With new Covid-19 infections, some hospitals close to running out of beds and many Americans continuing to pack beaches and public spaces, the prognosis is not good. "We are in free fall," Dr. Rochelle Walensky, chief of infectious diseases at Massachusetts General Hospital, told CNN. "We know of the 50,000 cases this past day -- a single day of this (holiday) weekend," Walensky said. "If they're young people, it could be 500 people who die from that. If they're older people, it could be 7,500 people who die from that -- just from a single day of infection."
The Great Reclosing
Almost half of US states have now been forced to pause or roll back attempts to reopen local economies, as local case totals skyrocket. Below, Meanwhile producertakes a look at America's great backtracking on reopening the economy.
On Thursday, Republican Governor Kay Ivey extended Alabama's public health emergency until September 9.
Arizona's Gov. Doug Duceythat the state's reopening plans are now "on pause" as a result of a major spike in coronavirus cases. Ducey has already closed bars, gyms, movie theaters, water parks and tubing, and limited indoor and outdoor mass gatherings
FDA commissioner refuses to comment on Trump's claim that 99 percent of coronavirus cases are 'harmless'
Trump calls 99% of COVID cases "harmless" in his July 4 speech. FDA Commissioner Stephen Hahn refused to comment on the claim.During his Fourth of July speech at the "Salute to America" event, Trump claimed that the majority of coronavirus cases were harmless.
Gov. Asa Hutchinson also said Thursday that he was not ready to further lift restrictions as cases surge, andon Friday that will give Arkansas cities the ability to mandate face coverings.
On June 28, California Gov. Gavin Newsom ordered bars closed in seven counties, including Los Angeles County. On Thursday, Southern California's Imperial County reverted to more stringent stay-at-home orders.
Colorado bars and nightclubs that do not serve food must reclose during the month of July, after reopening only two weeks prior.
Florida Gov. Ron DeSantis says the state will pause its reopening. On Friday, Miami-Dade Mayor Carlos Giménez issued a countywide curfew to control the spread of Covid-19, and then on Sunday announced that restaurants, gyms and other businesses
Idaho, Indiana, Louisiana and Maine
The states of Idaho, Indiana, Louisiana and Maine have all hit pause on their reopenings, extending intermediate stages for the next few weeks as cases grow nationwide.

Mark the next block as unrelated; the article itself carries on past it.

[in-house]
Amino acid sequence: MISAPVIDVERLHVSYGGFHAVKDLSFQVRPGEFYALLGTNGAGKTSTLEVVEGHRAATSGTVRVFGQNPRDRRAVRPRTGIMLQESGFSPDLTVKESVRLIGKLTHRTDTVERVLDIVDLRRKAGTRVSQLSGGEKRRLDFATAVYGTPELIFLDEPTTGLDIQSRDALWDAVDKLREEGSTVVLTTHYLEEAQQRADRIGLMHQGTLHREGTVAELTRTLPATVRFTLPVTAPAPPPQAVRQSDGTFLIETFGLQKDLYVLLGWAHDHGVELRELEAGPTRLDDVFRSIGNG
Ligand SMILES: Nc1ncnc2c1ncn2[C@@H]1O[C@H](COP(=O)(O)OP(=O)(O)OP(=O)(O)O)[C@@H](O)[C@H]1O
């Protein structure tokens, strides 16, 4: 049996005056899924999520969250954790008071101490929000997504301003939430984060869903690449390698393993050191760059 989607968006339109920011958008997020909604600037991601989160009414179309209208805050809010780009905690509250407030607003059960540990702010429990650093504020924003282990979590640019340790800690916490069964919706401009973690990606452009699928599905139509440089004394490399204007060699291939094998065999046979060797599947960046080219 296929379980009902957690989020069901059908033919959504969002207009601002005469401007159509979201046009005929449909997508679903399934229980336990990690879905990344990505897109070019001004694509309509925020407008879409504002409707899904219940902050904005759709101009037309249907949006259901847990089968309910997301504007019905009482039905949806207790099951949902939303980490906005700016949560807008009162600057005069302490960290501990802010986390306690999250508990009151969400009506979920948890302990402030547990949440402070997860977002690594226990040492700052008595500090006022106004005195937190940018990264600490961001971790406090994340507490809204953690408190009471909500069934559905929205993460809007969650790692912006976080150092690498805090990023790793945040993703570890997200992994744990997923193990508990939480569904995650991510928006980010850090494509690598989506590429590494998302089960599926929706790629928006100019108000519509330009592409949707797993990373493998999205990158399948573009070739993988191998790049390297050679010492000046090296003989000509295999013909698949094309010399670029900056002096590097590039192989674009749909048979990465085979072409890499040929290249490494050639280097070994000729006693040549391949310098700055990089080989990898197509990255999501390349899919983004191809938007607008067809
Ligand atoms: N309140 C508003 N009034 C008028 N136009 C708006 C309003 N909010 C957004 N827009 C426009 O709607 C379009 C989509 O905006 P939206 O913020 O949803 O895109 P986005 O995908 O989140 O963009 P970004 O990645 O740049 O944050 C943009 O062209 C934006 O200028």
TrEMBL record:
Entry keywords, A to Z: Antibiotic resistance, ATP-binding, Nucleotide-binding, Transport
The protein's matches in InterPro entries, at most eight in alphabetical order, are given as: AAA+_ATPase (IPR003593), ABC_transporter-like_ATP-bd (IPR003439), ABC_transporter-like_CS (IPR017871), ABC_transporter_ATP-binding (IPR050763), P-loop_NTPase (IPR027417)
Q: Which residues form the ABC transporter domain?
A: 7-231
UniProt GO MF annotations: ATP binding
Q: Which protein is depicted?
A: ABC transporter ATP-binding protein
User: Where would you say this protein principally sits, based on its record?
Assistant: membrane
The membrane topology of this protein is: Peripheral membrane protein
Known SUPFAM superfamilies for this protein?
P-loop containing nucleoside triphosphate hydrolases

Gov. Gretchen Whitmerclosing indoor service at bars throughout most of lower Michigan, after having opened in early June. Masks are mandated in public in the state.
Behind America's tear gas business boom: Low-wage workers and angry neighbors
“They have millions of dollars. I don't think it’s right or fair that they can do that with no ramifications, no nothing," one local resident said.The United States dominates the burgeoning nonlethal weapons industry that supplies crowd-control solutions such as tear gas to governments across the world, from confrontations at the U.S.-Mexico border involving the Immigration and Customs Enforcement agency, to Middle East conflicts. Two global defense manufacturers in particular stand out: Safariland, based in Jacksonville, Florida, and Combined Systems, Inc., which operates out of Jamestown, Pennsylvania, have seen their fortunes — and public scrutiny — soar in recent years.
Nevada, New Jersey, New Mexico, New York
Nevada, New Jersey and New Mexico have also hit pause, with previously expected plans to reopen or allow some businesses to resume activity now on ice. New York's much-anticipated indoor dining is also on hold.
North Carolina and Rhode Island
North Carolina and Rhode Island have postponed their reopening dates and have limited public activities and gatherings until later in the summer.
Gov. Greg Abbott on Friday ordered bars to close again and restaurants to reduce capacity to 50%. On Thursday, he said Texas would pause any further phases to reopen, as a wave of infections crashed across the state. At least, which includes Houston, are "pretty much at maximum capacity," Houston Mayor Sylvester Turner said last week.
Trump's bluster doesn't beat a virus, calm a restive nation .
WASHINGTON (AP) — Not long after noon on Feb. 6, President Donald Trump strode into the elegant East Room of the White House. The night before, his impeachment trial had ended with acquittal in the Republican-controlled Senate. It was time to gloat and settle scores. “It was evil," Trump said of the attempt to end his presidency. “It was corrupt. It was dirty cops. It was leakers and liars.” It was also soon forgotten. Also Feb. 6, in California, a 57-year-old woman was found dead in her home of natural causes then unknown. When her autopsy report came out, officials said her death had been the first from COVID-19 in the U.S.The “invisible enemy” was on the move.